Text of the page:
The PhD student-employment limbo

I’m 27; I work full time; I have a mortgage - however I don’t pay tax. The reason being that I am not “working”40+ hours a week, I am “studying” 40+ hours a week as I am a PhD student. I live in the limbo between student and employee.


I knew I wanted to get into scientific research after my first lab based project. I was very lucky to get a 4 year scholarship at the University of Glasgow starting at the end of 2009. It also seemed a great deal. Going from an impoverished student to earning £1,132.49 a month tax free sounded brilliant! Three and a half years in the novelty has well and truly worn off and I am most definitely earning less that I would have been had a left university behind- but that is not my complaint.


Last night I received an email telling me that due to new government legislation being rolled out the University of Glasgow would be entitled to offer workplace pensions I however would not be eligible as I earned less than £787 a month as my net income is officially zero.  This is where the downsides start to creep in.


When I first tried to rent a flat from a large letting company I was told “no students”. I showed them my signed 4 year contract with my income details on it. They backed down and said ok but we want 6 months’ rent in advance. I was left looking at flat adverts in a shop window…


When it came to a mortgage I was told that almost all lenders would see me as having no income. This despite my 4 year contract being more stable and long term than almost anyone is likely to be offered when venturing into post-docing for the first time where 1-2 year contracts are the norm.


If I happened to be a woman and become pregnant during my PhD then the water becomes very murky indeed. Not being an employee I would not be legally entitled to any form of maternity leave. The research councils advise that PhD students are treated the same way as employees in this situation and state that they provide sufficient funding is provided to allow for this. The very best advice is no legal grantee.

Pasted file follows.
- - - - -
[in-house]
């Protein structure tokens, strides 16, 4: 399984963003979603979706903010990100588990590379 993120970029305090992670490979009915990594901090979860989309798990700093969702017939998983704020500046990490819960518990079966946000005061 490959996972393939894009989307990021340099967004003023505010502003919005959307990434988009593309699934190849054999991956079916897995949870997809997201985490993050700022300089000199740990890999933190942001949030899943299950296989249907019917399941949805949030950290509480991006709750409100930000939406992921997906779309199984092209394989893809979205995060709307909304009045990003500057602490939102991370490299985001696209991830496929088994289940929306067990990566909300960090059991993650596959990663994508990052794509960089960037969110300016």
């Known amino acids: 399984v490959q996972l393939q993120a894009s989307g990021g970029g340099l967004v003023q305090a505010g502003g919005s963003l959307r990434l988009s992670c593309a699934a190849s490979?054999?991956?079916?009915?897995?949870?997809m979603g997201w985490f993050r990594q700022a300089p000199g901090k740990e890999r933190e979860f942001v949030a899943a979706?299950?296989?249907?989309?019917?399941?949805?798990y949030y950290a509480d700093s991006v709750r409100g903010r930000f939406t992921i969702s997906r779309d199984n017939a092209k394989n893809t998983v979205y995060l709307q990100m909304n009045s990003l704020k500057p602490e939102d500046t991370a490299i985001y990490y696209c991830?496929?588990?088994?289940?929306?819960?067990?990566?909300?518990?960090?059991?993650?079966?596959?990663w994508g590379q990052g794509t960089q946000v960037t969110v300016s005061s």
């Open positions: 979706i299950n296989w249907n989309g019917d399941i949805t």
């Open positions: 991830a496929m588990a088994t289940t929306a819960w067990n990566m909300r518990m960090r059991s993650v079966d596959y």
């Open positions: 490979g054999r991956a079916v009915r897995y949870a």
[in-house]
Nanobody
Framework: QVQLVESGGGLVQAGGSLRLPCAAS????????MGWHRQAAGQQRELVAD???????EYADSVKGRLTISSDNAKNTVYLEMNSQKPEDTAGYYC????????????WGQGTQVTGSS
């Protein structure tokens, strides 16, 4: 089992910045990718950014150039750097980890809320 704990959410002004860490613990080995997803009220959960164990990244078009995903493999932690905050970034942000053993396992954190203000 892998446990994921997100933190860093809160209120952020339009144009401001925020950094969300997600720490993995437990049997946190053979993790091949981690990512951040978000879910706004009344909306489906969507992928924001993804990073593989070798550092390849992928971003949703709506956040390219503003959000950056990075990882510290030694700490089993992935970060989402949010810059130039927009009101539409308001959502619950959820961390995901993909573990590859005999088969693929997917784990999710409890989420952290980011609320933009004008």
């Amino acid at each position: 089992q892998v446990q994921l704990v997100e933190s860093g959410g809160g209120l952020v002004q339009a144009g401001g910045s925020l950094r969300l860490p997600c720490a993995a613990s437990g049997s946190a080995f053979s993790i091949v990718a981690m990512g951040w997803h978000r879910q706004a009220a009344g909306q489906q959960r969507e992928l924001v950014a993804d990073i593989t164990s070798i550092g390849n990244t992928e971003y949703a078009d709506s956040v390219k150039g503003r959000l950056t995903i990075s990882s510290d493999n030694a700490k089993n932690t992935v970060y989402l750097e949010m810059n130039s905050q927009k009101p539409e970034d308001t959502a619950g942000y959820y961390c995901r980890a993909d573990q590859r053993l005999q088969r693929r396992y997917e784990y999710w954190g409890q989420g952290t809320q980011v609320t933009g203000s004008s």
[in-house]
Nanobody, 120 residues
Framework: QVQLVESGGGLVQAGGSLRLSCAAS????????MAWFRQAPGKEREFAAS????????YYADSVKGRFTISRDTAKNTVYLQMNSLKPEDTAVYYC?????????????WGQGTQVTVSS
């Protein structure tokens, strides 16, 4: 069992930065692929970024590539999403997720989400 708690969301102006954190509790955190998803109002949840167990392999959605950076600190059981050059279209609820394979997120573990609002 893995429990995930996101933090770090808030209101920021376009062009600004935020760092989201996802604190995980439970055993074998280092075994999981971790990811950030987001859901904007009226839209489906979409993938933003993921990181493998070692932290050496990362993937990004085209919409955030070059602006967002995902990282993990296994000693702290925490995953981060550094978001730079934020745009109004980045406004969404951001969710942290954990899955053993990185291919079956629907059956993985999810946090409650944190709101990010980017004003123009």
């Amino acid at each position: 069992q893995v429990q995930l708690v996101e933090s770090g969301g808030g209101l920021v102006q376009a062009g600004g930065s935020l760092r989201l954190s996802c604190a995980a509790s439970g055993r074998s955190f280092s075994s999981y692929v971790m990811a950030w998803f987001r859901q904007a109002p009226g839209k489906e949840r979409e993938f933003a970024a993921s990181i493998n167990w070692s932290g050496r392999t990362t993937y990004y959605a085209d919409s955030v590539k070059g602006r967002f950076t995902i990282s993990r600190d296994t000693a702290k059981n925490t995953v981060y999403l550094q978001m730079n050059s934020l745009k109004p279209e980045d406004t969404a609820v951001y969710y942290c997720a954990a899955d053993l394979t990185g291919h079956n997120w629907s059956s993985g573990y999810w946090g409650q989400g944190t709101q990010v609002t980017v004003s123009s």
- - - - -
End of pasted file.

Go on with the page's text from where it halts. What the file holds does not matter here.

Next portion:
I was at a Royal Academy of Engineering forum when David Willetts (Minister for universities and science) was asked what he thought of the maternity (let’s not even stray into paternity here) leave provided during PhDs. He reminded the woman that her income was tax free and that we can’t have it all ways. He also implied that there was further research being carried out on this matter. Well no one ever asked me if I would like to forgo paying tax in exchange for a disassociation with employment law.


So what is someone signing when they accept their contract?

Well your workplace pension will be vetoed.

Maternity and paternity leave will be left to the whim of institutions or supervisors.

Banks and letting companies may or may not be interested in you.

No official entitlement to holidays (that I am aware of)


You buy this with the £130 you save in not paying tax. I would like to see PhD studentships recognised for what they are – jobs. I have a full time job but little in the way of rights. Of course to most this is fine but to the few that could be affected it could be devastating.

Tax us. Use that tax to increase our income. Increase it to £1,325 that way after tax we will still be earning the same low wage but we’ll have more legal rights. Legislate that funding bodies must provide maternity and paternity leave, sickness pay and all other binds that keep us safe at work.



Of course it is not all bad; until then you still get a discount at the cinema.

Since I wrote this I've already had someone mention a particular failure to the system. While writting up and unpaid this person suffered an injury and wasn't fit for work- of course being a student and funding being finished (happens to almost all PhD students) he wasn't entitled to any benifits. This shows a double failure of the system- the lack of sufficent funding to cope with thesis writing and the lack of support in unusual circumstances and the lack of appropriate funding for the length of a PhD. All PhD students who have had less that four years funding in my lab have had to work unpaid until they finished adding financial stress to that of writting up and finding a new job.


Many have also told me they know their holiday entitlement so it may just be me that was never told. However you would be hard pushed to find aPhD student who takes their allotted max. Indeed you would find it hard to find a PhD student who is capabe of switching off at the weekends without a crippling guilt.